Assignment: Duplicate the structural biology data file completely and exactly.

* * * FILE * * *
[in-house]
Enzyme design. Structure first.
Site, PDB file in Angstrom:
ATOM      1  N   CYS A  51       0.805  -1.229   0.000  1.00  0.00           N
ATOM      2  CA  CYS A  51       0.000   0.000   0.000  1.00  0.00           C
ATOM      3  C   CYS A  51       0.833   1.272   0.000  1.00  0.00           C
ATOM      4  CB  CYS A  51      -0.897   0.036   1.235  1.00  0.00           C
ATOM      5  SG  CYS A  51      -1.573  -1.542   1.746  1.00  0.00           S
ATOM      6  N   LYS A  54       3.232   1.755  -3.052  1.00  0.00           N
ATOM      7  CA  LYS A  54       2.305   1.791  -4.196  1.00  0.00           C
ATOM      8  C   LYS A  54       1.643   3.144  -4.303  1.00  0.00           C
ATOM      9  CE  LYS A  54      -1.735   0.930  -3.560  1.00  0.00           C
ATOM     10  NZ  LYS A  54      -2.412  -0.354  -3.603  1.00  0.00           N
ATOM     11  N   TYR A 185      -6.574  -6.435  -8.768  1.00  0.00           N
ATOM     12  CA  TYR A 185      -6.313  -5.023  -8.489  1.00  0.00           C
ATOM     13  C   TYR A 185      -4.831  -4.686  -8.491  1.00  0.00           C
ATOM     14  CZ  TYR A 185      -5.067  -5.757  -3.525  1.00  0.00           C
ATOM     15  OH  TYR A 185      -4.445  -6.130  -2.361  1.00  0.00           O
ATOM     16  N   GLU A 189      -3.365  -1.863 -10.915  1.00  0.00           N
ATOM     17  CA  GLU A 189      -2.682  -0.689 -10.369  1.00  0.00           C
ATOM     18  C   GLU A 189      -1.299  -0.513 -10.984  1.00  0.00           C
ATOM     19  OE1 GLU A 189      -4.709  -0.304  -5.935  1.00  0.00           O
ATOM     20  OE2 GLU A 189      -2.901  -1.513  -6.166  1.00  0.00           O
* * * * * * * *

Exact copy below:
[in-house]
Enzyme design. Structure first.
Site, PDB file in Angstrom:
ATOM      1  N   CYS A  51       0.805  -1.229   0.000  1.00  0.00           N
ATOM      2  CA  CYS A  51       0.000   0.000   0.000  1.00  0.00           C
ATOM      3  C   CYS A  51       0.833   1.272   0.000  1.00  0.00           C
ATOM      4  CB  CYS A  51      -0.897   0.036   1.235  1.00  0.00           C
ATOM      5  SG  CYS A  51      -1.573  -1.542   1.746  1.00  0.00           S
ATOM      6  N   LYS A  54       3.232   1.755  -3.052  1.00  0.00           N
ATOM      7  CA  LYS A  54       2.305   1.791  -4.196  1.00  0.00           C
ATOM      8  C   LYS A  54       1.643   3.144  -4.303  1.00  0.00           C
ATOM      9  CE  LYS A  54      -1.735   0.930  -3.560  1.00  0.00           C
ATOM     10  NZ  LYS A  54      -2.412  -0.354  -3.603  1.00  0.00           N
ATOM     11  N   TYR A 185      -6.574  -6.435  -8.768  1.00  0.00           N
ATOM     12  CA  TYR A 185      -6.313  -5.023  -8.489  1.00  0.00           C
ATOM     13  C   TYR A 185      -4.831  -4.686  -8.491  1.00  0.00           C
ATOM     14  CZ  TYR A 185      -5.067  -5.757  -3.525  1.00  0.00           C
ATOM     15  OH  TYR A 185      -4.445  -6.130  -2.361  1.00  0.00           O
ATOM     16  N   GLU A 189      -3.365  -1.863 -10.915  1.00  0.00           N
ATOM     17  CA  GLU A 189      -2.682  -0.689 -10.369  1.00  0.00           C
ATOM     18  C   GLU A 189      -1.299  -0.513 -10.984  1.00  0.00           C
ATOM     19  OE1 GLU A 189      -4.709  -0.304  -5.935  1.00  0.00           O
ATOM     20  OE2 GLU A 189      -2.901  -1.513  -6.166  1.00  0.00           O